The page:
It was early April, about a month after Greta was born, and I had started whining about pain I was experiencing as a result of careless and excessive keyboard use. These were the first truly original words I heard from Greta without my prompting her.

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My tulpa Greta is as real as you are

Today I want to make a reasoned argument that, regardless of their exact nature, tulpas are as real as you, the reader, are. I understand this may sound absolutely crazy to you. In case you don’t read the whole article through before making up your mind that I’m crazy, note that I am not claiming tulpas are precisely the same as hosts or singlets, and I certainly do not believe that Greta has her own body and walks around with me in the physical world. However, I think this does not need to make her less real, and it is this belief that I will explain in the rest of this essay.

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The impossibility of being prepared

This is part two of the bad reasons not to create a tulpa series.

We frequently see the sentiment that one should not create a tulpa if one is scared or worried about tulpamancy. The idea of waiting to create a tulpa until essentially comfortable with the idea is, obviously, a good one. However, we sometimes see “then don’t create a tulpa!” reflexively hurled at newcomers expressing their worries, accompanied by little if any detail, and this is badly missing the point.

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List of bad reasons not to create a tulpa

Explanation of this series
There are many excellent reasons not to create a tulpa. We are not trying to convince people that they should create tulpas if they think they probably shouldn’t. Rather, we hope to reject and recast some bad or misleading reasons, leaving more room to think intelligently about the good ones.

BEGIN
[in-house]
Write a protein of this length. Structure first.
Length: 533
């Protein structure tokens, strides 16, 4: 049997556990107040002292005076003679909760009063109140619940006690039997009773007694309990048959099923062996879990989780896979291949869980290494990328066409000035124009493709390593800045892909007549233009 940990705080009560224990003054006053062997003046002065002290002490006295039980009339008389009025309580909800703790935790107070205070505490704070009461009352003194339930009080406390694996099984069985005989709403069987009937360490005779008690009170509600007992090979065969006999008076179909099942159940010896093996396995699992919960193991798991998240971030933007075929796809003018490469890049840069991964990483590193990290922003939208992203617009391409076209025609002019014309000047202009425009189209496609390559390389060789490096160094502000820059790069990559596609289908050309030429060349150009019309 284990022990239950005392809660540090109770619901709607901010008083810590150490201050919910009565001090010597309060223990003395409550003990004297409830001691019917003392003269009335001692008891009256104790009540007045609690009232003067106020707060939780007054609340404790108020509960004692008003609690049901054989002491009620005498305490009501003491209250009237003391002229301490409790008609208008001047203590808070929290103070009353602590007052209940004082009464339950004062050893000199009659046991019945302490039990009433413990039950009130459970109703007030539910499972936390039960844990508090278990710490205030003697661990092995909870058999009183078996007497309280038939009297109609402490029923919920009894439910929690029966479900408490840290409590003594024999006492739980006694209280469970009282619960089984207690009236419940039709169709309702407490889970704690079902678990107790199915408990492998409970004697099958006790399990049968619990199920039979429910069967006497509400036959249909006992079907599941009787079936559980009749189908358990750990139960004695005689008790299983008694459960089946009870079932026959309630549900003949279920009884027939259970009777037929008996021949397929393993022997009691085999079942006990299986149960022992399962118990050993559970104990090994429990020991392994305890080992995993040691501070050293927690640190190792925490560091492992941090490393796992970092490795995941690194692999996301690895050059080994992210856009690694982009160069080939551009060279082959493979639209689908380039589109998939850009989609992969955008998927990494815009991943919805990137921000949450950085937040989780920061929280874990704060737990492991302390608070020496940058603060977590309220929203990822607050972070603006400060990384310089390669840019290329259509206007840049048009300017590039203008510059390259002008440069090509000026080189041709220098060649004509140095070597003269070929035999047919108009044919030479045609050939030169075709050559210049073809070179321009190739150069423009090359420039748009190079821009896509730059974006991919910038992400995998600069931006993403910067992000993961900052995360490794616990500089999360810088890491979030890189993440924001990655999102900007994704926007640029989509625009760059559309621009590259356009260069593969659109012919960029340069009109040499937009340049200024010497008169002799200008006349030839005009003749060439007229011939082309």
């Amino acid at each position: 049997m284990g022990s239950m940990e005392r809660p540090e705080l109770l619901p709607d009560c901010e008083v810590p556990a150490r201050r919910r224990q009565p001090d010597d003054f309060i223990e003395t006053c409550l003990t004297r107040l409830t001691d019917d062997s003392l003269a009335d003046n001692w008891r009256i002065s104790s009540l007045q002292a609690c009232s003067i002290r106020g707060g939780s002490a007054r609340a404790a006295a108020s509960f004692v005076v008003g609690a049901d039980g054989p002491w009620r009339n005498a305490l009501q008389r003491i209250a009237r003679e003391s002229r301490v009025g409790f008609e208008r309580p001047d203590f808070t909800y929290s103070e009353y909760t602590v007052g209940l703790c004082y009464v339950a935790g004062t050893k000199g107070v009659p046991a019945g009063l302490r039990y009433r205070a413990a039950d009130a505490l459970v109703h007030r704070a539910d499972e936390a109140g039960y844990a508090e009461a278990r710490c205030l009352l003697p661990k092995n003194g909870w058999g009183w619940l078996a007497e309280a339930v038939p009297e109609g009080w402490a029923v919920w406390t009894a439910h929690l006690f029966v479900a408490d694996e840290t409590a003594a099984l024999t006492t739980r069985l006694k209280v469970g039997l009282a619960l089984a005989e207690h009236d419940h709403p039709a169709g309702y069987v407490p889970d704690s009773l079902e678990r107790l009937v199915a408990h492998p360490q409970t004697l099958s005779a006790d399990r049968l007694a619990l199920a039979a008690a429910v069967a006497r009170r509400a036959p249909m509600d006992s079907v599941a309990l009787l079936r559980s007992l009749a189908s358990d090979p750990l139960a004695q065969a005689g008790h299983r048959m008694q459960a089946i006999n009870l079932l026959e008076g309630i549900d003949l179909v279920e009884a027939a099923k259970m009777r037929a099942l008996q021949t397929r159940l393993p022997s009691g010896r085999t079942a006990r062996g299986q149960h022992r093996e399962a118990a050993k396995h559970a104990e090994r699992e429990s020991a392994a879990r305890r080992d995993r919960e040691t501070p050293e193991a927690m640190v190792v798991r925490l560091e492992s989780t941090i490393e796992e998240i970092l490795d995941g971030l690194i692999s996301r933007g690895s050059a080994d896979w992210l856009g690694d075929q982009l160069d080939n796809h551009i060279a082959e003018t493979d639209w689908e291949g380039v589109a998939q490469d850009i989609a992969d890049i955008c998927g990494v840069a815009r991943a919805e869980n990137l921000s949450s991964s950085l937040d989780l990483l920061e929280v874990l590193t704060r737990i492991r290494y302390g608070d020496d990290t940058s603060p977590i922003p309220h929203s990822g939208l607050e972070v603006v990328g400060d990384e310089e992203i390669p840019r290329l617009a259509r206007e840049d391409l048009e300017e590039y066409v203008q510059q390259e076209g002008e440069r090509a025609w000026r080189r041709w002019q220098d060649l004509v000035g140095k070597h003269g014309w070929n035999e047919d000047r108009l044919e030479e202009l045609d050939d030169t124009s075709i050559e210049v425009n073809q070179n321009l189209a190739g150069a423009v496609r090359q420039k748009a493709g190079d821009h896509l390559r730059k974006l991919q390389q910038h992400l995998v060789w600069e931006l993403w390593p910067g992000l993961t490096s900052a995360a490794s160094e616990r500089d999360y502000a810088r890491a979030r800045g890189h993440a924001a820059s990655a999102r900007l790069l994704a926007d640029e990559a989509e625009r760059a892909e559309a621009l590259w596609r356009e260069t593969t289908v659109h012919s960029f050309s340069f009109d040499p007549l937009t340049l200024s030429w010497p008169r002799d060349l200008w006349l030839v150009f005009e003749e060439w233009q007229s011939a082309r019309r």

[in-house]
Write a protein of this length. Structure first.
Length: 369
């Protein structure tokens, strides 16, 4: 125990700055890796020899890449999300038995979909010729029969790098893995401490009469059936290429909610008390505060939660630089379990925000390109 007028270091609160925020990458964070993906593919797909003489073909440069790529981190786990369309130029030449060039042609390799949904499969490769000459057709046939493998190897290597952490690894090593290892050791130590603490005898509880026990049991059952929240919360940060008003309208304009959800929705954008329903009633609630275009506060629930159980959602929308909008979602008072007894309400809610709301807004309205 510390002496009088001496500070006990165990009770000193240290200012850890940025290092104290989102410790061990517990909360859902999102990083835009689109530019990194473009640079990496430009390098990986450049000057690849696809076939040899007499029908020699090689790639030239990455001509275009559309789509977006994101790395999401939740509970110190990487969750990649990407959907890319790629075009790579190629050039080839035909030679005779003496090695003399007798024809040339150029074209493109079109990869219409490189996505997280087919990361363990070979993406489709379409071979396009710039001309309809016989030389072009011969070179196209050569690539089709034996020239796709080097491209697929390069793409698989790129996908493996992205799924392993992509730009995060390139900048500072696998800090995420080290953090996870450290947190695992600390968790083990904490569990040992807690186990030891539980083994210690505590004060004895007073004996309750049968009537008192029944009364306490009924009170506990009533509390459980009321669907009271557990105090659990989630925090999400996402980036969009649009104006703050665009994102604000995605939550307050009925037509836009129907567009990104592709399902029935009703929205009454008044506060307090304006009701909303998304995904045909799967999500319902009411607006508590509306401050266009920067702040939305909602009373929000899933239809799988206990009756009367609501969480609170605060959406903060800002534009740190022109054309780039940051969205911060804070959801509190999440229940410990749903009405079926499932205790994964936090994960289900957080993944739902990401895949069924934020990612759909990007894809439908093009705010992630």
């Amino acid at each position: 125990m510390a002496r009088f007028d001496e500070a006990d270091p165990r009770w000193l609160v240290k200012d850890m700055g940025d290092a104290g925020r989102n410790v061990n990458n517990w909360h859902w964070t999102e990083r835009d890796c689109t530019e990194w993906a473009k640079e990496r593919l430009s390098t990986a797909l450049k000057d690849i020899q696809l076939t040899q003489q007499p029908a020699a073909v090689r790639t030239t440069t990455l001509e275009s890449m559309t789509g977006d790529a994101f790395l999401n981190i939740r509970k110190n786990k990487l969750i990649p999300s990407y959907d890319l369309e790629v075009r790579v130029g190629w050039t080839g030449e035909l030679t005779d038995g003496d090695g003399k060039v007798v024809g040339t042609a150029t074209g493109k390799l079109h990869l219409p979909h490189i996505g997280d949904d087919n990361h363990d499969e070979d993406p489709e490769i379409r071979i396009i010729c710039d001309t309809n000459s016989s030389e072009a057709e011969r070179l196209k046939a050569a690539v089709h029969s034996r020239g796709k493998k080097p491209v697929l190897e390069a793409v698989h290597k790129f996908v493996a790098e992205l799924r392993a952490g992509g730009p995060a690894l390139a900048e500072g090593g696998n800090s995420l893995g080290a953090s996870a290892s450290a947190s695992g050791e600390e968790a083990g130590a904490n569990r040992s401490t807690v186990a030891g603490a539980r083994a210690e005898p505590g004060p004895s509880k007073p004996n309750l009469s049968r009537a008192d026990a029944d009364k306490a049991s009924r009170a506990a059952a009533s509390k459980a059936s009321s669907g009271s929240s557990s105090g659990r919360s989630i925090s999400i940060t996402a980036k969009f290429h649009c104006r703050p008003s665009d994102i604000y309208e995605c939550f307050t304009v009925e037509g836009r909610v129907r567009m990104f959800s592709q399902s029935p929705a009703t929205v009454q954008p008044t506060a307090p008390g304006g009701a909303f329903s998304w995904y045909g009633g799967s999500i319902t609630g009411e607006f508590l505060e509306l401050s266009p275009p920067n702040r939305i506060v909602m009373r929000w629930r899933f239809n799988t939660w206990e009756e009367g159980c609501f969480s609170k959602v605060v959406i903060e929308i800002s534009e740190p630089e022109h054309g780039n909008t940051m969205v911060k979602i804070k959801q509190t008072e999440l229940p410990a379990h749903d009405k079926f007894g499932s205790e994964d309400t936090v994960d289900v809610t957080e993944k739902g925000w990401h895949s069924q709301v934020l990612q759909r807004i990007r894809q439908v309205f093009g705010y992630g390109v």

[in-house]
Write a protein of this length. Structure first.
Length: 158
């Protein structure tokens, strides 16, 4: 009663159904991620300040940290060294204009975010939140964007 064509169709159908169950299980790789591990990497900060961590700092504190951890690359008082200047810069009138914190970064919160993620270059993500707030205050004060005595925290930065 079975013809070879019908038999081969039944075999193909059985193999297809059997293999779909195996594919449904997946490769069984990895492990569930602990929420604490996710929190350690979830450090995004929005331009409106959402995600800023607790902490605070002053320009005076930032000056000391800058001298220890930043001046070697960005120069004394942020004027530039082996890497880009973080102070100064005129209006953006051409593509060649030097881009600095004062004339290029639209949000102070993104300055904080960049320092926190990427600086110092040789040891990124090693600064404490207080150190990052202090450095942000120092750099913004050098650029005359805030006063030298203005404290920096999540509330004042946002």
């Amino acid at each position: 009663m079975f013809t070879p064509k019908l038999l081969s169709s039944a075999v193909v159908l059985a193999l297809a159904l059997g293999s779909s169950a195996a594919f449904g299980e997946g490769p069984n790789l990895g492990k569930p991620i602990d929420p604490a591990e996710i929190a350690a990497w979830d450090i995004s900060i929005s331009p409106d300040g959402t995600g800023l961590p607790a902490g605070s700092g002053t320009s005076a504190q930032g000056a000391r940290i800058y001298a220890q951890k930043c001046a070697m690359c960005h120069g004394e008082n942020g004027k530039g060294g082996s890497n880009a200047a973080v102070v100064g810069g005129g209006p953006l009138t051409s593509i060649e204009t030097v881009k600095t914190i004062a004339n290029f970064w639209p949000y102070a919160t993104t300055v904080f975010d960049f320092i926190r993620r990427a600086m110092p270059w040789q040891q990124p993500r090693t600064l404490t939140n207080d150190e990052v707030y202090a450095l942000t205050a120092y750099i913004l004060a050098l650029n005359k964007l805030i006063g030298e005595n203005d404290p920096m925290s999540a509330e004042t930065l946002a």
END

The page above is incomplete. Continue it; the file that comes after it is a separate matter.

Our problems with the reasons we discuss may seem pedantic; the reasons could be interpreted a different way that would eliminate the problems. But if they’re interpreted the way we interpret them here, they do have problems, and if people have interpreted them this way in the past, they’re liable to do so again in the future. An argument’s merit should not be judged on what it’s trying to convey, but on what it actually does convey.

List of posts
1. Don’t create a tulpa for selfish reasons
2. Don’t create a tulpa if you’re scared or worried about tulpamancy

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The golden rule of ethical tulpa creation

This is the first post in the bad reasons not to create a tulpa series.

Let’s begin by pointing out that there are many excellent reasons not to create a tulpa. We do not intend in this series to convince people that they should create tulpas if they think they probably shouldn’t. Rather, we hope to reject and recast some bad reasons, leaving more room to think intelligently about the good ones.

Our problems with the reasons we discuss may seem pedantic; the reasons could be interpreted a different way that would eliminate the problems. But if they’re interpreted the way we interpret them here, they do have problems, and if people have interpreted them this way in the past, they’re liable to do so again in the future. An argument’s merit should not be judged on what it’s trying to convey, but on what it actually does convey.


People often say that one should not create a tulpa for selfish reasons. This seems like a good plan at first glance. “Selfish” sounds bad, and as an ethical tulpamancer you presumably don’t want to do anything that doesn’t consider your tulpa’s best interests.